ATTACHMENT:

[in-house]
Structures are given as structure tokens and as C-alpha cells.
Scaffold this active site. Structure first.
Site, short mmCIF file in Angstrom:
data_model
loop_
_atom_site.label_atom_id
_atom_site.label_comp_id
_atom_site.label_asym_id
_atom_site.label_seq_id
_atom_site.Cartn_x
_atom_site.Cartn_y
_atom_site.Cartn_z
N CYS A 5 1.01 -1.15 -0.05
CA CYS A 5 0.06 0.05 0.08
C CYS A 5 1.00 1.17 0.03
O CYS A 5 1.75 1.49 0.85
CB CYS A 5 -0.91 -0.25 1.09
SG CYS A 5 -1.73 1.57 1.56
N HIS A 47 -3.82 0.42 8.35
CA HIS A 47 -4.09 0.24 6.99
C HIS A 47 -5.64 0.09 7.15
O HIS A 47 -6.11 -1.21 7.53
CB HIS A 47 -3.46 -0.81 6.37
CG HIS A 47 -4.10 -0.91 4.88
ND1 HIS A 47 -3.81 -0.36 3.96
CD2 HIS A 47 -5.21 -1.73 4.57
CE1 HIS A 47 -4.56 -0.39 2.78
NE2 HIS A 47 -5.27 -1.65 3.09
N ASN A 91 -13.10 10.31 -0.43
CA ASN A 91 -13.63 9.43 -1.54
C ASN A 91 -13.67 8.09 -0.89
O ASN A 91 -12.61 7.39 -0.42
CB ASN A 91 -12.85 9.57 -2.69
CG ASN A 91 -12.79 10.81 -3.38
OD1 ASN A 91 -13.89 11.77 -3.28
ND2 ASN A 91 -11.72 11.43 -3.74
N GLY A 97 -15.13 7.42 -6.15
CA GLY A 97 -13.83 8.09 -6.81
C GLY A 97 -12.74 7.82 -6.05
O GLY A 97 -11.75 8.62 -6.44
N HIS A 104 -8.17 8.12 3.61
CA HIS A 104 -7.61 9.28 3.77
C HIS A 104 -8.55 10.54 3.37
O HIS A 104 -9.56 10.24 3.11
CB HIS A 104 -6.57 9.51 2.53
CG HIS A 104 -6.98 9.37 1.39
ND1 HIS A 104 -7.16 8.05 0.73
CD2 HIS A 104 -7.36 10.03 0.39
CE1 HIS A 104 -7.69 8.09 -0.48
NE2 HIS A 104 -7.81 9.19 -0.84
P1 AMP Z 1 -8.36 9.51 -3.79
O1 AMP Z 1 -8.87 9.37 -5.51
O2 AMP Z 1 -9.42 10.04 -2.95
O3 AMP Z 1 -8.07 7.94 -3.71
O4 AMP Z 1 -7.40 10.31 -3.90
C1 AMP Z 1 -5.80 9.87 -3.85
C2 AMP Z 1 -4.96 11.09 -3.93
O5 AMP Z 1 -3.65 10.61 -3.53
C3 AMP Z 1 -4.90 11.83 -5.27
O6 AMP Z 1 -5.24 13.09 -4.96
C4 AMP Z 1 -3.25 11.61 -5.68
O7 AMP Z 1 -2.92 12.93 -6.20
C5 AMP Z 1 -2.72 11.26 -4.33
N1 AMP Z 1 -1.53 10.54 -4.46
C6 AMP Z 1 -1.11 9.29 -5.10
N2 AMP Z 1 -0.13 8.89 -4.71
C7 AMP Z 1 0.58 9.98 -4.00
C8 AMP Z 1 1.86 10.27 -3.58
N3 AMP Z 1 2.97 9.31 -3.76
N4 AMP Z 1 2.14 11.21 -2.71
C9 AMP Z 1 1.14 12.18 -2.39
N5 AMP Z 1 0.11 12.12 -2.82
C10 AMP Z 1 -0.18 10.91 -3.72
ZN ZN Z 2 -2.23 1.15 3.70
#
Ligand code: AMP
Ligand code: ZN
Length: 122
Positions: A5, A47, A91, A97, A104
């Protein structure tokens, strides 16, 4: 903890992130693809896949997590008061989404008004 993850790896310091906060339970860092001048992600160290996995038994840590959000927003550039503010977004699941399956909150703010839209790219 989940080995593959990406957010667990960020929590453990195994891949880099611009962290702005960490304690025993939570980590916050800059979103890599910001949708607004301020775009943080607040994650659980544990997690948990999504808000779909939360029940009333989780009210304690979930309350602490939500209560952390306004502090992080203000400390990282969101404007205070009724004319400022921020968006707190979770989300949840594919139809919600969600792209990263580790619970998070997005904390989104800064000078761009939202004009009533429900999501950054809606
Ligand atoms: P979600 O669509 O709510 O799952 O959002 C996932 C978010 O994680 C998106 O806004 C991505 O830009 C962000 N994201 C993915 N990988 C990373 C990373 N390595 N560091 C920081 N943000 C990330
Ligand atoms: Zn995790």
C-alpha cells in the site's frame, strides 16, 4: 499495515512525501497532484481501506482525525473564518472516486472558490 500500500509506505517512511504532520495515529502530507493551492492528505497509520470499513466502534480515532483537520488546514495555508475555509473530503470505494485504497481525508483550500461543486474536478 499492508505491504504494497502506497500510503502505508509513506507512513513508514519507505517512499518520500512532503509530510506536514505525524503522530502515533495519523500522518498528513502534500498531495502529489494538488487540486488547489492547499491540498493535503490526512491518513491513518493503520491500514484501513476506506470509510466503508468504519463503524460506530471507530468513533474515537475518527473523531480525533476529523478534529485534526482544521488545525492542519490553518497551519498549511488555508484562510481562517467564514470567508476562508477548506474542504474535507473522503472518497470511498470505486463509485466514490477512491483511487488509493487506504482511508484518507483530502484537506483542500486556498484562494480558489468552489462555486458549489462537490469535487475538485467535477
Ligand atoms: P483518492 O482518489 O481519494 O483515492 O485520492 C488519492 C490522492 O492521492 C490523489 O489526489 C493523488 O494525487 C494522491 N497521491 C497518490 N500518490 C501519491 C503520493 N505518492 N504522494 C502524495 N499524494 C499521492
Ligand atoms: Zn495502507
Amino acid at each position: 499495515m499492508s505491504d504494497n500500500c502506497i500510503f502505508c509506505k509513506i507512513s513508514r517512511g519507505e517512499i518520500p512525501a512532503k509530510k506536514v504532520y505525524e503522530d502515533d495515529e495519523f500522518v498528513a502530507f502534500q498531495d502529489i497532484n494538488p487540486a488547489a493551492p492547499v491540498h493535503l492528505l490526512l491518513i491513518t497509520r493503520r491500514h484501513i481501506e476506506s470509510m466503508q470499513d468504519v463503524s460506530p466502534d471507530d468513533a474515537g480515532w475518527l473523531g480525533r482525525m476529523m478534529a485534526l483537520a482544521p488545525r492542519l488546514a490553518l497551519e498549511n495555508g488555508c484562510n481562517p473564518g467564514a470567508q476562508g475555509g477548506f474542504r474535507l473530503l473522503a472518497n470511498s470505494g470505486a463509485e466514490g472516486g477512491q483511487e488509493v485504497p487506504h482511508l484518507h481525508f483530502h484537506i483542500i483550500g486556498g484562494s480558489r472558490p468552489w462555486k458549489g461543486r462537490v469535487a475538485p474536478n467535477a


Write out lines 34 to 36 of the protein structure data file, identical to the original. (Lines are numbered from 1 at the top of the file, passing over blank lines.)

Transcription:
CB ASN A 91 -12.85 9.57 -2.69
CG ASN A 91 -12.79 10.81 -3.38
OD1 ASN A 91 -13.89 11.77 -3.28